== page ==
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Public Notices

April 16, 2014

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Wound Care Specialist: Keep Cuts And Scrapes Clean - And Covered - For Most Rapid Healing

Originally published: 2012-11-19 11:53:03
Last modified: 2012-11-19 11:55:05



Cuts and scrapes. They're an inevitable part of life.

But they don't have to become a hard-to-heal nuisance, says family nurse practitioner Angela Johnson, of the Center for Wound Healing at Takoma Regional Hospital.

Johnson was the guest speaker at a health-education lecture sponsored Nov. 8 at Roby Fitzgerald Adult Center by Takoma Regional Hospital.

The title of her talk was "To Dress or Not to Dress: The ABCs of Wound Care."

One of the most frequent questions that Johnson says she gets asked about wound care is what to put on an injury and how to take care of it.

"The goal of wound care is to prevent infection," Johnson said, "and to create an environment that encourages rapid wound healing."

Gone are the days when your mothers or grandmothers were advised to pour iodine, peroxide, rubbing alcohol - or some other topical antiseptic - into your cut and then send you back outside to play.

Johnson said there are many myths and wive's tales that surround wound care.

Most notably is the myth that wounds "need air" in order to heal, she said.

"Wounds need to stay moist - and stay covered - in order to heal," Johnson said.

Having a wound exposed also makes it more likely for bacteria to enter the site, Johnson said.

The use of the betadine, peroxide or rubbing alcohol is not good either, she added.

While these products can kill bacteria, they will also kill "good cells" on the skin that can aid in wound healing, Johnson explained.

"You don't want to use these products for an extended length of time - and typically not at all," she said.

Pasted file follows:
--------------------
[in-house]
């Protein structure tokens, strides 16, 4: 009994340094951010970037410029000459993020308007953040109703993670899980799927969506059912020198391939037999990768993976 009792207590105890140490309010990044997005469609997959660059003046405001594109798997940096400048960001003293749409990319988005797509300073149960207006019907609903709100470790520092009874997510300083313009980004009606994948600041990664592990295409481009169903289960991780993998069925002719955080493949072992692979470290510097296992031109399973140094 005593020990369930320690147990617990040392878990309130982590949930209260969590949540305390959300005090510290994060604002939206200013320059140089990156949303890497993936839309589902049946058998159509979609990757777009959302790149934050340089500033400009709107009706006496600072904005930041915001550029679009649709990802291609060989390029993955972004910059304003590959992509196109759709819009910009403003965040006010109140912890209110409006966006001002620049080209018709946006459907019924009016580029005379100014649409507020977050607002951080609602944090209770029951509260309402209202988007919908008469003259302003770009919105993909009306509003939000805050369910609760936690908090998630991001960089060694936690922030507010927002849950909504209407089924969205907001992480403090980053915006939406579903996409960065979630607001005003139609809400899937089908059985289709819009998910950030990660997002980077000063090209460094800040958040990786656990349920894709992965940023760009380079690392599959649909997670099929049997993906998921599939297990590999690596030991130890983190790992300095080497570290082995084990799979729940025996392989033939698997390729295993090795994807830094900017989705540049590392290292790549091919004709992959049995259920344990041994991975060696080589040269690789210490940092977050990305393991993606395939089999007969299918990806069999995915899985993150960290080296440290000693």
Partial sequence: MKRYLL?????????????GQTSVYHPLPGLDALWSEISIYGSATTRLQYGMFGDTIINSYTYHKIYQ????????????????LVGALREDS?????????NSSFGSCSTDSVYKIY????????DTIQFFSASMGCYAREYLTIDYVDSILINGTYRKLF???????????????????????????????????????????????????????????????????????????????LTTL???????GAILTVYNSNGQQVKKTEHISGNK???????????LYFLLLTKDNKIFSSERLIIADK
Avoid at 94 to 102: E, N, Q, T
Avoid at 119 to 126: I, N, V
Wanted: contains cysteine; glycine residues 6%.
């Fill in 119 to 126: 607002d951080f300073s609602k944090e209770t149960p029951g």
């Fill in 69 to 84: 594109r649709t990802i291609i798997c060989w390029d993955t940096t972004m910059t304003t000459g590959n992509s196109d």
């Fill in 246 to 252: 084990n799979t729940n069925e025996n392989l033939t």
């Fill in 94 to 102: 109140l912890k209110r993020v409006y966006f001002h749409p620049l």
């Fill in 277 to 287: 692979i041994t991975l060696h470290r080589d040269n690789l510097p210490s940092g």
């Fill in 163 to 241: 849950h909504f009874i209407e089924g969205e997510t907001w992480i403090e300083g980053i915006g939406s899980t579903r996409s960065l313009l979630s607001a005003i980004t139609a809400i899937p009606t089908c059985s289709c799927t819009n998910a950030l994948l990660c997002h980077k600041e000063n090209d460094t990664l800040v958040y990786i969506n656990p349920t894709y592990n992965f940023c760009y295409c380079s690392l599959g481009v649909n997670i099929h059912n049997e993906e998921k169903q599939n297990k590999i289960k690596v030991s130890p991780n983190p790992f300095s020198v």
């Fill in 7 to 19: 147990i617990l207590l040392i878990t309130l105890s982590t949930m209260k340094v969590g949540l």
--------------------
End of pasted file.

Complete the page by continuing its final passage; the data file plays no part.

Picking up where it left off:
When you first cut yourself - or discover that you are injured - your first step should be to clean the wound site immediately, Johnson said.

Make sure your hands are also washed and clean in order to prevent bacteria from entering the wound as you treat it, she added.

Cleaning the wound with regular, running tap water is the best thing in order to clean any dirt or debris in the wound, Johnson said.

River and lake water can contain many types of bacteria that can cause significant infection. It is not recommended to clean wounds with contaminated water.

Stop bleeding by applying pressure using a clean cloth. Most bleeding will stop within 10 minutes, at which point, a dressing can be placed over the wound.

"If you keep a wound covered and moist, it will heal quicker," Johnson said.

What about the use of an antiobiotic ointment, such as Neosporin?

Neosporin is a triple antibiotic cream containing three antibiotics: neomycin, bacitracin and polymyxin.

Some folks are big believers of triple antibiotic ointments while others feel they are unnecessary.

The reason is that antibiotic ointment is not necessary for a minor wound to heal correctly, experts say.

Plus, neomycin, one of the three antibiotics, can cause allergic reactions in some people, Johnson said.

This allergic reaction (what doctors call allergic contact dermatitis) can cause redness, itching and burning. It can look a lot like an infection. Therefore, a person may think that their cut is becoming infected and place even more triple antibiotic ointment on it, making the dermatitis worse.

Treating a minor cut or scratch is mostly about keeping it clean and covered until it heals, Johnson said.

If you are unable to get a wound to stop bleeding, then you should seek medical treatment at an emergency room.

Also, if the wound is large and/or jagged or if you suspect that you have a foreign object or debris in the wound, then you should seek medical treatment, Johnson said.

For persons, such as those with diabetes, who have some sort of medical condition that keeps their body from healing correctly, then they should talk to their doctor about the best way to handle minor cuts and scratches, she said.

Remember animal and human bites should always be seen by a medical professional because of the high rate of infection.

Also, it is important to know a person's tetanus immunization status (for example, has the person had a tetanus shot or booster vaccine in the last five years) so that it can be updated with a tetanus booster if needed.

For more information and stories, see The Greeneville Sun.

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